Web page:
The 22-year-old, who followed her Grand Slam breakthrough at Melbourne Park last year with a run to the final at the French Open, sprayed 22 unforced errors in the 64-minute contest against the experienced Estonian.
Kenin has been reduced to tears on court on several occasions since she came out of quarantine in Melbourne and admitted she has been struggling to contain her nerves at the prospect of defending the title.
Kanepi, who reached the final of the Gippsland Trophy warm-up tournament last week, was just the sort of hardened veteran who would look to exploit any mental frailties in her opponent.
The Estonian played a solid, if unspectacular, match, breaking Kenin for 3-1 in the opening set and never looking back after fending off three break points in the next game.
"I served really well today, I think this helped a lot," the 35-year-old said.
"My gameplan was to play aggressive as I usually do."
Kenin slammed her racket into the ground in frustration after losing the first set but never looked anything like the player who beat Garbine Muguruza in last year's final.
Kanepi kept up the pressure in the second set, in which Kenin failed to muster up a single break point, and the Estonian sealed her victory in emphatic style with her 10th ace.
Watched by her coach father Alex, Kenin gave a quick wave to the sparse crowd as she walked off court with her head bowed, her title defence over.
Next up for Kanepi is a third-round tie against Croatian Donna Vekic, who beat Argentine Nadia Podoroska in her second round match on Thursday.
Barty wobbles before winning all-Australia clash
World number one Ash Barty suffered a meltdown on the brink of victory but regathered herself to fend off local compatriot Daria Gavrilova 6-1, 7-6(7) and reach the third round of the Australian Open on Thursday.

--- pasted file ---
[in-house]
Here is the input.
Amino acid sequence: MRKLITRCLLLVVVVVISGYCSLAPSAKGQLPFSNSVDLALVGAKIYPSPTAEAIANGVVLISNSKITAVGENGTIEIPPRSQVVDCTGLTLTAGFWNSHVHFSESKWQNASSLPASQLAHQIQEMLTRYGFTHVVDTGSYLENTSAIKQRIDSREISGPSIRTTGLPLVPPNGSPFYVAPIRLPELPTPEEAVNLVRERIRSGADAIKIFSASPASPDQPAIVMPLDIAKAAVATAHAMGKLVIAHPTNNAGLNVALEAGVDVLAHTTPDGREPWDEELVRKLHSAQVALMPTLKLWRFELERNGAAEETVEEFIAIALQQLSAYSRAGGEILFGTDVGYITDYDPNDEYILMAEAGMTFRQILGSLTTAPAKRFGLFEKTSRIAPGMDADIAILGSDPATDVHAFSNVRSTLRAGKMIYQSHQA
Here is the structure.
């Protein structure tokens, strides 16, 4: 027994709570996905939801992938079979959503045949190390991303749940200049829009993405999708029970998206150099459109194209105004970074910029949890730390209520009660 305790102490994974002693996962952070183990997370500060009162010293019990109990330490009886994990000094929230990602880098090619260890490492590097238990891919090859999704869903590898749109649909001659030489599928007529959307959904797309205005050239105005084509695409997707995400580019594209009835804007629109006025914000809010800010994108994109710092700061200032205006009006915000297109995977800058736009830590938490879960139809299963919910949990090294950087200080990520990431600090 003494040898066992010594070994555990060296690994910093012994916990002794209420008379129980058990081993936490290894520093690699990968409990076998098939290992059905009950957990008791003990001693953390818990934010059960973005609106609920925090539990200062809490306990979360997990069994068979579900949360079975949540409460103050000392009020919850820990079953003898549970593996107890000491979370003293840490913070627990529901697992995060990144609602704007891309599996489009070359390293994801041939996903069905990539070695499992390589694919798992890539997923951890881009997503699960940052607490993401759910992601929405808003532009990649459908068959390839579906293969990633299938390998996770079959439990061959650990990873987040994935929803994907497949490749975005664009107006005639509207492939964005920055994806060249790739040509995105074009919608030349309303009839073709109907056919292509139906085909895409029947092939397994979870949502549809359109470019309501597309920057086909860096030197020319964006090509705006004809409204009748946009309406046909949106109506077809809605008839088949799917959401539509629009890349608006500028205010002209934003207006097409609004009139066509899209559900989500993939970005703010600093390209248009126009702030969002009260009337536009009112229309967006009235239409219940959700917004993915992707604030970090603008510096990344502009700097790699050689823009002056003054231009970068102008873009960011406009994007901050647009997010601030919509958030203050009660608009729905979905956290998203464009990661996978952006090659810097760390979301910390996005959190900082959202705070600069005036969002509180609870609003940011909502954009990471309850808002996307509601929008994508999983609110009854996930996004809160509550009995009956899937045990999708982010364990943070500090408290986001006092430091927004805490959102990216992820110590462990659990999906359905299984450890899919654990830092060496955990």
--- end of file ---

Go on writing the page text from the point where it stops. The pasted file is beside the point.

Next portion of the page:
Barty, who came onto centre court with her left thigh heavily strapped, served for the match at 5-2 but was broken twice in a hail of unforced errors, allowing wildcard Gavrilova to drag the contest deep into a tiebreak.
Fortunately for Barty, Gavrilova reprieved her twice with unforced errors on set point and then coughed up another on match point to surrender on a steamy day at Rod Laver Arena.
Having destroyed first round opponent Danka Kovinic 6-0 6-0 in 44 minutes, Barty said her slump against Gavrilova was par for the course after missing almost the entire 2020 season.
"I think it’s natural," the top seed told reporters.
"I mean, I haven’t played a lot of tennis over the last 12 months. Obviously (I’m) going to have ebbs and flows, not only in your concentration but your level of play as well.
"It’s important to be able to bring that back as often as possible. For a couple of games, I wasn’t able to do that."
Barty said she had tweaked a muscle in her leg when warming up for her first round match on Tuesday but downplayed the injury.
"The bandage is very big, but that’s more just support so that the tape itself doesn’t fall off," she said.
"It’s not a very subtle tape job, you often see it on a lot of the girls. The guys can hide it beneath their shorts a little bit better.
"Obviously it’s not affecting the way that I can play in any way."
Barty, who will face Russian 29th seed Ekaterina Alexandrova for a place in the fourth round, reached the semi-finals last year only to be shocked by surprise winner Sofia Kenin when seemingly on the verge of ending Australia’s long wait for a home winner.
The last Australian to win the singles title was Chris O’Neil in 1978.
Kenin was knocked out by Estonia’s Kaia Kanepi on Thursday, meaning Barty avoids a semi-final re-match with the American.